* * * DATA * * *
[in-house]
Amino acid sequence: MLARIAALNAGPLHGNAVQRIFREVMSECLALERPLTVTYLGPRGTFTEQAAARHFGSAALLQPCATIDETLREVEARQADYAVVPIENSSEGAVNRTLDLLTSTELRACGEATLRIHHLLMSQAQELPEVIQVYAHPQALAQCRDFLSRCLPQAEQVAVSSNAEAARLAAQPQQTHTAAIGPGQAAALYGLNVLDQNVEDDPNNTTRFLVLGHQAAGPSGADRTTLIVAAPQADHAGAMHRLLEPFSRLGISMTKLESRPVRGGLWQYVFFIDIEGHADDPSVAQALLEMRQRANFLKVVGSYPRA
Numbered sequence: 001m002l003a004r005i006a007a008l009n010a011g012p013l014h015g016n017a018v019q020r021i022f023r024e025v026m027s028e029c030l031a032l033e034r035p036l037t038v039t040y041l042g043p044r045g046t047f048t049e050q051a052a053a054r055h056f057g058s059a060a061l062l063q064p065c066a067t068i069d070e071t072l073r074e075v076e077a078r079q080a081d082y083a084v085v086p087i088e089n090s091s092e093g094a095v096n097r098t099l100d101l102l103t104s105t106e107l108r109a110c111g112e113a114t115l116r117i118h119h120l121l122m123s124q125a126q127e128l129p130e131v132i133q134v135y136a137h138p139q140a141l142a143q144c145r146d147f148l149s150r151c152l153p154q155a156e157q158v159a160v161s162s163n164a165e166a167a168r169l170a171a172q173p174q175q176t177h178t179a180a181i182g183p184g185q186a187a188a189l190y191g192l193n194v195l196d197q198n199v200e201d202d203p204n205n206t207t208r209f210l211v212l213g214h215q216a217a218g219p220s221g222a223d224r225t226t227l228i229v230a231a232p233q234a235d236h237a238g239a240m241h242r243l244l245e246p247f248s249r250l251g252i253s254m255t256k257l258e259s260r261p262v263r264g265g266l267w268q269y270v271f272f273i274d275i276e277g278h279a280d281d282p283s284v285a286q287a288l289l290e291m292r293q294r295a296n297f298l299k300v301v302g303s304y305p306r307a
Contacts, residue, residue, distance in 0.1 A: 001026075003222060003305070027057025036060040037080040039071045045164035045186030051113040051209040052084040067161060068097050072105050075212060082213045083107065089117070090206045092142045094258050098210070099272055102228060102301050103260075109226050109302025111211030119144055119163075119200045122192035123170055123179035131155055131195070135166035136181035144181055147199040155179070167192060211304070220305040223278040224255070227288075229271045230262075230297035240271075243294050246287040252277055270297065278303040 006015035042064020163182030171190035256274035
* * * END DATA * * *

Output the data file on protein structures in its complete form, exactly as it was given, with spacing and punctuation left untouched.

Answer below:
[in-house]
Amino acid sequence: MLARIAALNAGPLHGNAVQRIFREVMSECLALERPLTVTYLGPRGTFTEQAAARHFGSAALLQPCATIDETLREVEARQADYAVVPIENSSEGAVNRTLDLLTSTELRACGEATLRIHHLLMSQAQELPEVIQVYAHPQALAQCRDFLSRCLPQAEQVAVSSNAEAARLAAQPQQTHTAAIGPGQAAALYGLNVLDQNVEDDPNNTTRFLVLGHQAAGPSGADRTTLIVAAPQADHAGAMHRLLEPFSRLGISMTKLESRPVRGGLWQYVFFIDIEGHADDPSVAQALLEMRQRANFLKVVGSYPRA
Numbered sequence: 001m002l003a004r005i006a007a008l009n010a011g012p013l014h015g016n017a018v019q020r021i022f023r024e025v026m027s028e029c030l031a032l033e034r035p036l037t038v039t040y041l042g043p044r045g046t047f048t049e050q051a052a053a054r055h056f057g058s059a060a061l062l063q064p065c066a067t068i069d070e071t072l073r074e075v076e077a078r079q080a081d082y083a084v085v086p087i088e089n090s091s092e093g094a095v096n097r098t099l100d101l102l103t104s105t106e107l108r109a110c111g112e113a114t115l116r117i118h119h120l121l122m123s124q125a126q127e128l129p130e131v132i133q134v135y136a137h138p139q140a141l142a143q144c145r146d147f148l149s150r151c152l153p154q155a156e157q158v159a160v161s162s163n164a165e166a167a168r169l170a171a172q173p174q175q176t177h178t179a180a181i182g183p184g185q186a187a188a189l190y191g192l193n194v195l196d197q198n199v200e201d202d203p204n205n206t207t208r209f210l211v212l213g214h215q216a217a218g219p220s221g222a223d224r225t226t227l228i229v230a231a232p233q234a235d236h237a238g239a240m241h242r243l244l245e246p247f248s249r250l251g252i253s254m255t256k257l258e259s260r261p262v263r264g265g266l267w268q269y270v271f272f273i274d275i276e277g278h279a280d281d282p283s284v285a286q287a288l289l290e291m292r293q294r295a296n297f298l299k300v301v302g303s304y305p306r307a
Contacts, residue, residue, distance in 0.1 A: 001026075003222060003305070027057025036060040037080040039071045045164035045186030051113040051209040052084040067161060068097050072105050075212060082213045083107065089117070090206045092142045094258050098210070099272055102228060102301050103260075109226050109302025111211030119144055119163075119200045122192035123170055123179035131155055131195070135166035136181035144181055147199040155179070167192060211304070220305040223278040224255070227288075229271045230262075230297035240271075243294050246287040252277055270297065278303040 006015035042064020163182030171190035256274035